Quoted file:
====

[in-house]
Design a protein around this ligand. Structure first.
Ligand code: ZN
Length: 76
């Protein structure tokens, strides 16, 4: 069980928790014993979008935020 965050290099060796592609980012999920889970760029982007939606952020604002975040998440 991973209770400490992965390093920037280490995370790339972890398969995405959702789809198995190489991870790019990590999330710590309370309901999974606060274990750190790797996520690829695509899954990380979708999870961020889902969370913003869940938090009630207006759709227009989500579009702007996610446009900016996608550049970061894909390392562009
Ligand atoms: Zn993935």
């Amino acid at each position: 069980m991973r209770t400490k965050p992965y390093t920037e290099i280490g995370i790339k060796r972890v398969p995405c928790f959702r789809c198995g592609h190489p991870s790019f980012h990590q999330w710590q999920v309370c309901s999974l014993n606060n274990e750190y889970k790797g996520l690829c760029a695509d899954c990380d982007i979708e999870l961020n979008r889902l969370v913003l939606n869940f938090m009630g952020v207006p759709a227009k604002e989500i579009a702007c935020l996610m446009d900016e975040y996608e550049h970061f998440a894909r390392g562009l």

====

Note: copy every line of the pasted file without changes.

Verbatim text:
[in-house]
Design a protein around this ligand. Structure first.
Ligand code: ZN
Length: 76
């Protein structure tokens, strides 16, 4: 069980928790014993979008935020 965050290099060796592609980012999920889970760029982007939606952020604002975040998440 991973209770400490992965390093920037280490995370790339972890398969995405959702789809198995190489991870790019990590999330710590309370309901999974606060274990750190790797996520690829695509899954990380979708999870961020889902969370913003869940938090009630207006759709227009989500579009702007996610446009900016996608550049970061894909390392562009
Ligand atoms: Zn993935």
């Amino acid at each position: 069980m991973r209770t400490k965050p992965y390093t920037e290099i280490g995370i790339k060796r972890v398969p995405c928790f959702r789809c198995g592609h190489p991870s790019f980012h990590q999330w710590q999920v309370c309901s999974l014993n606060n274990e750190y889970k790797g996520l690829c760029a695509d899954c990380d982007i979708e999870l961020n979008r889902l969370v913003l939606n869940f938090m009630g952020v207006p759709a227009k604002e989500i579009a702007c935020l996610m446009d900016e975040y996608e550049h970061f998440a894909r390392g562009l």